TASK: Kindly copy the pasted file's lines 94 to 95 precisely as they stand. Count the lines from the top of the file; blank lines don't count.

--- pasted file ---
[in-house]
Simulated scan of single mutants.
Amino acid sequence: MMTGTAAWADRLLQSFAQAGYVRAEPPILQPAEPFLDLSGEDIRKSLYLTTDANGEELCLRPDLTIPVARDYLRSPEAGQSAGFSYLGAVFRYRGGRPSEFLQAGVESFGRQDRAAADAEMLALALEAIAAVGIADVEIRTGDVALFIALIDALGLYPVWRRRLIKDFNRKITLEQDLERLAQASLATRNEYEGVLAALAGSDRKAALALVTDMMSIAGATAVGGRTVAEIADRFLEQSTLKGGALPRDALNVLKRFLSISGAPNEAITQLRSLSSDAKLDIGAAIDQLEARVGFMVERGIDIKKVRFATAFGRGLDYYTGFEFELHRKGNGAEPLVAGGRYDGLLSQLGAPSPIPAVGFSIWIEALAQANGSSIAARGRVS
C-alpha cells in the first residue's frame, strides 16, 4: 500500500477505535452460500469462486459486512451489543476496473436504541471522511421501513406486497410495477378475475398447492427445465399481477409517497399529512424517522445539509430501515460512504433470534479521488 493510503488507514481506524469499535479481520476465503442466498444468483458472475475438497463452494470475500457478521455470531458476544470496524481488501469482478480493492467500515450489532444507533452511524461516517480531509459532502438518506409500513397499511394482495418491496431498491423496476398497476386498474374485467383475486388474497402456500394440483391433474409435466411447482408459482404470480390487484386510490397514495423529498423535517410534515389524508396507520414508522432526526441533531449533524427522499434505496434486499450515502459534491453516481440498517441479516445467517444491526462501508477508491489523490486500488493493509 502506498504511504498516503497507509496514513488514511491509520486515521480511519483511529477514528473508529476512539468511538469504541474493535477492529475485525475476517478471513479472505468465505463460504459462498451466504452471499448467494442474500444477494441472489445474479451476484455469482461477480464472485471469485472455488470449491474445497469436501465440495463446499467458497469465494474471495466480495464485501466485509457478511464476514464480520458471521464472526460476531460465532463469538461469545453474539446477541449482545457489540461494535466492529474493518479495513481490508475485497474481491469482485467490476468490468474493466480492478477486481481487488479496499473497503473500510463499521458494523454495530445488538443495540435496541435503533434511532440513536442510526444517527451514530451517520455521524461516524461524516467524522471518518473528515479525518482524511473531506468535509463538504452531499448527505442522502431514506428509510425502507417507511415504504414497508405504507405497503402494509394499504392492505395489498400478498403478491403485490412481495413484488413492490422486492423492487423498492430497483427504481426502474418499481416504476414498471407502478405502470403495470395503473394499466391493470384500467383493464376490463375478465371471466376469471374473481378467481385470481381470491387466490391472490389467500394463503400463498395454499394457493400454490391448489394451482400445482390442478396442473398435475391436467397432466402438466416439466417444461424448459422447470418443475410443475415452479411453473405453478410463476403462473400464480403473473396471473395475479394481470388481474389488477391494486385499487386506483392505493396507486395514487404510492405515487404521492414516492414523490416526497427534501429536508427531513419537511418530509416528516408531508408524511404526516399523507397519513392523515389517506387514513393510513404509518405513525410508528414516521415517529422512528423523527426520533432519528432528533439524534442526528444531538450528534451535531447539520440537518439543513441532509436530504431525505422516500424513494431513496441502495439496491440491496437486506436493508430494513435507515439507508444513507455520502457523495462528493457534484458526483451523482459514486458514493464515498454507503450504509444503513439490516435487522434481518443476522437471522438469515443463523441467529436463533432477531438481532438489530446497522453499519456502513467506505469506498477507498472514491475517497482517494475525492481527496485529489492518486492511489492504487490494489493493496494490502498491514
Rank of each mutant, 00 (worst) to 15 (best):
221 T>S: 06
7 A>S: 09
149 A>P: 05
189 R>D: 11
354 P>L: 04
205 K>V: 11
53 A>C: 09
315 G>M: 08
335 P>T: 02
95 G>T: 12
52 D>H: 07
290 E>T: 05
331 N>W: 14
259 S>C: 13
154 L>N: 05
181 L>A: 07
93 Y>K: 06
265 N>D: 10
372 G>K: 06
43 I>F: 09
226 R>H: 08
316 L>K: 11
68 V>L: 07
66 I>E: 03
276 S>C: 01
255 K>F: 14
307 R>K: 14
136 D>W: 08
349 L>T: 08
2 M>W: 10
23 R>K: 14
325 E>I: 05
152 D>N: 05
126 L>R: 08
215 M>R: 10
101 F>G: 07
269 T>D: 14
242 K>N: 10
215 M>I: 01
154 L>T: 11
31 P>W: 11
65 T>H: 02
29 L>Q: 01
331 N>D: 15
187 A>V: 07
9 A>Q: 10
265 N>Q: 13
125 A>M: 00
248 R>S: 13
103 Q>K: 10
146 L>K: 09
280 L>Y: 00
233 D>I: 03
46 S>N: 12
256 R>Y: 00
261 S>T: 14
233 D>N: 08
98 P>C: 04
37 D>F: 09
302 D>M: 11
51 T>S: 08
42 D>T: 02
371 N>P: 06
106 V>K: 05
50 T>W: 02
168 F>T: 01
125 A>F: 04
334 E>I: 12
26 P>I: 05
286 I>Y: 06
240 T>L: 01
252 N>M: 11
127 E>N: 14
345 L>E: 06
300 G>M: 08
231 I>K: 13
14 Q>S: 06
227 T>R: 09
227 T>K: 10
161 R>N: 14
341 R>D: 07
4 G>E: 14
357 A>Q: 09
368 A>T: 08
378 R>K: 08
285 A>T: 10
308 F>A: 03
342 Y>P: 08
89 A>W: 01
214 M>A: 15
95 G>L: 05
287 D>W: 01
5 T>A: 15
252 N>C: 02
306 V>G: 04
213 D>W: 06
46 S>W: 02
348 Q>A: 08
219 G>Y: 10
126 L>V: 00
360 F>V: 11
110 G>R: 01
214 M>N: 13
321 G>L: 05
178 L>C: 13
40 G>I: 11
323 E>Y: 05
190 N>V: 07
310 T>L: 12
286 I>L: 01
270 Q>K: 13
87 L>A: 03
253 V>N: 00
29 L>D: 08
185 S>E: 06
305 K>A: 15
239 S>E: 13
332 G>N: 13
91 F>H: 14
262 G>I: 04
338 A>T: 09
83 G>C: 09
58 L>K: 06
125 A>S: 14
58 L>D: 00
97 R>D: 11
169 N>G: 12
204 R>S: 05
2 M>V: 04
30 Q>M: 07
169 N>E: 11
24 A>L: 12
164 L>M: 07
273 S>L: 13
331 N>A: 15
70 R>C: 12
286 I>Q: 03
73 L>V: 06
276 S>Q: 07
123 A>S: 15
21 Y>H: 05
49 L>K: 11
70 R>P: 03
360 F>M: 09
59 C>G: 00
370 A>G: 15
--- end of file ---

89 A>W: 01
214 M>A: 15